Linux winners will be deal-makers with Microsoft

We have just entered a new era in interoperability between Linux and Windows.

The Desktop

A week ago, Google announced that they licensed Microsoft's Exchange ActiveSync protocol technology, and released a beta of the Google Sync service. Google Sync is a new push technology that allows over-the-air sync of Google calendar appointments and email contacts, across a number of handset environments including Windows Mobile devices. This was a wise move and one with a desktop component best described in a related quote I found:
"... a solid step in Google's march toward owning the desktop."
If Linux wins ground on the desktop, it won't be because the Bell Curve of users cares it's Linux -- it'll be because the desktop gives users what they want. Easy synchronization is essential. At the same time, I believe this was smart of Microsoft. Android and Google services are gaining traction, and at some point Microsoft has to capitalize on the areas it has value, rather than trying to own the entire space. What'll be interesting to watch is whether Google Sync will be supported by Ubuntu, Moblin, and other Linux platforms.

The Server

Today's news was the clincher on the server side; Red Hat and Microsoft agreed to validate each other's operating system on their respective virtualization hypervisor technology. Once validated by both parties, customers with valid support agreements will receive cooperative technical support. What was really impressive is that Red Hat pulled this off without patent or financial clauses. I believe this deal was inked, simply put, because customers demanded it. It also shows Red Hat has some serious pull, not surprising given their beat-the-street quarter and posture to gain some new ground as a result of poor economic times.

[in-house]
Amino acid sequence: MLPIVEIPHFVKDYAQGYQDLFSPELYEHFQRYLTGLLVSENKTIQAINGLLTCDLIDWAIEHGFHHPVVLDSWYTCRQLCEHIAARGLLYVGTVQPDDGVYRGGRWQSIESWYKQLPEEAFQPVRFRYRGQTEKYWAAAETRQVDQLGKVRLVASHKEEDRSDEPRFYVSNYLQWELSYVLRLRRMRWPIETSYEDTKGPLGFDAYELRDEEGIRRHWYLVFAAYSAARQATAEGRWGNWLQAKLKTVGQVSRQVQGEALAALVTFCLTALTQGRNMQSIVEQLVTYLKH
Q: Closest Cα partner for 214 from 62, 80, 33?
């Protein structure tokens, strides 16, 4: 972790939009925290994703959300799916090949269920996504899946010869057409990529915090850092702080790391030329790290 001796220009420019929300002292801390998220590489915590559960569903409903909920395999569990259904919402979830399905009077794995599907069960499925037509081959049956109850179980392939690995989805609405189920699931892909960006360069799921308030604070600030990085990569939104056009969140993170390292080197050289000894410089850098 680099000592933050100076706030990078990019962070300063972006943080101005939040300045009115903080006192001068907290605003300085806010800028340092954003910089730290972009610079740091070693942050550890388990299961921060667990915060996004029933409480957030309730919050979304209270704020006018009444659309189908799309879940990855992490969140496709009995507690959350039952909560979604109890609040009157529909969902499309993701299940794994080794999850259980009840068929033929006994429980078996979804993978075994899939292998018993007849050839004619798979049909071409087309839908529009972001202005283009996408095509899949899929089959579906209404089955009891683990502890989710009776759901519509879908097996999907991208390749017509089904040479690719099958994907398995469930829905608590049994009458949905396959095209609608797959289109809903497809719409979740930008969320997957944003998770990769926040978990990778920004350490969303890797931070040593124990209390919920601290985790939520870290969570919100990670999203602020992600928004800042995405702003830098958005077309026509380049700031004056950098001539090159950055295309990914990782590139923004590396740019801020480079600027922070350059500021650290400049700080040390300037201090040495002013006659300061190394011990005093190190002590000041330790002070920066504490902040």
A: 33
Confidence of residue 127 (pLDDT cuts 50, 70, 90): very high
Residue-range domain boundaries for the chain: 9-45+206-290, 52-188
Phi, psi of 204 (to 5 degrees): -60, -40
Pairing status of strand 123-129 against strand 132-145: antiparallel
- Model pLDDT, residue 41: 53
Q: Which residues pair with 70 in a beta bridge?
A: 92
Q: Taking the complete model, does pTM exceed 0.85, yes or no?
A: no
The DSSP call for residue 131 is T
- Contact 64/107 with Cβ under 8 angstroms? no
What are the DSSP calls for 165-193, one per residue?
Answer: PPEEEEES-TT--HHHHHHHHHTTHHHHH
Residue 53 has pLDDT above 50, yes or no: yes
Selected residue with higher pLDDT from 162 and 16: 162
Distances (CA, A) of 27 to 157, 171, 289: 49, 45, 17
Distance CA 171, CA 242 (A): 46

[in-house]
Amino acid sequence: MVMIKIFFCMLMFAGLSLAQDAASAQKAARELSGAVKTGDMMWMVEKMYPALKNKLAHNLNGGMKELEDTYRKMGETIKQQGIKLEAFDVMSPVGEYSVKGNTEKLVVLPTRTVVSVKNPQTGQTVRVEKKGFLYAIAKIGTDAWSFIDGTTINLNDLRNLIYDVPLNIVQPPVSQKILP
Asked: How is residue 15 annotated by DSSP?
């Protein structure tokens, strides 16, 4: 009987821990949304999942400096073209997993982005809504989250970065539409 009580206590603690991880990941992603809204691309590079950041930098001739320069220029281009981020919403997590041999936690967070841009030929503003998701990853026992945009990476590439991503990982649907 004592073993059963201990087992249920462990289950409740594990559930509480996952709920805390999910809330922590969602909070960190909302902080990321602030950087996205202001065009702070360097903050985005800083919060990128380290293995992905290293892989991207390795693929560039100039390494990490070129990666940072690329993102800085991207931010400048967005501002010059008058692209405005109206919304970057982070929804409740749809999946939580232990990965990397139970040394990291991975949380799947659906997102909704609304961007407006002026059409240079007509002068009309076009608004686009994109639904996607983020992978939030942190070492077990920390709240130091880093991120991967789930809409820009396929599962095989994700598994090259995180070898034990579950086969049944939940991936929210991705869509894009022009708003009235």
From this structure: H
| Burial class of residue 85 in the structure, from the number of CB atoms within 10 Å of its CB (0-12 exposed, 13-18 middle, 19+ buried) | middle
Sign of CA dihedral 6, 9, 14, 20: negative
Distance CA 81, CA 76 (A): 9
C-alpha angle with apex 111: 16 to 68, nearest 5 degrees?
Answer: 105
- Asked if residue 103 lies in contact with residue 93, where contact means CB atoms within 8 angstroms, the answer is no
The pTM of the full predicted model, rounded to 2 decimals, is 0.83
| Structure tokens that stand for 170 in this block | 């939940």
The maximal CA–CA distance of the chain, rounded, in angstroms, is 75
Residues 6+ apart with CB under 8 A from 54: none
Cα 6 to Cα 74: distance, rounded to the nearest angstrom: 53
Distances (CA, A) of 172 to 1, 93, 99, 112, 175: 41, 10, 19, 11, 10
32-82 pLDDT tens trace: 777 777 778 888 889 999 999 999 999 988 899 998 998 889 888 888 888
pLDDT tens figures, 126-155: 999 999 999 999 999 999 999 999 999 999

Winners and Losers

The market has spoken; it wants choice, interoperability and support. Enough players with clout have signed on. Although, this creates a whole new dynamic for other players in the Linux vendor space. Vendors who have not struck such deals are at a disadvantage until they do. If they aren't able to make the deals, they risk getting boxed out, or at least getting relegated to the fraction of the market formed by pure Linux shops.

Disclosure: no positions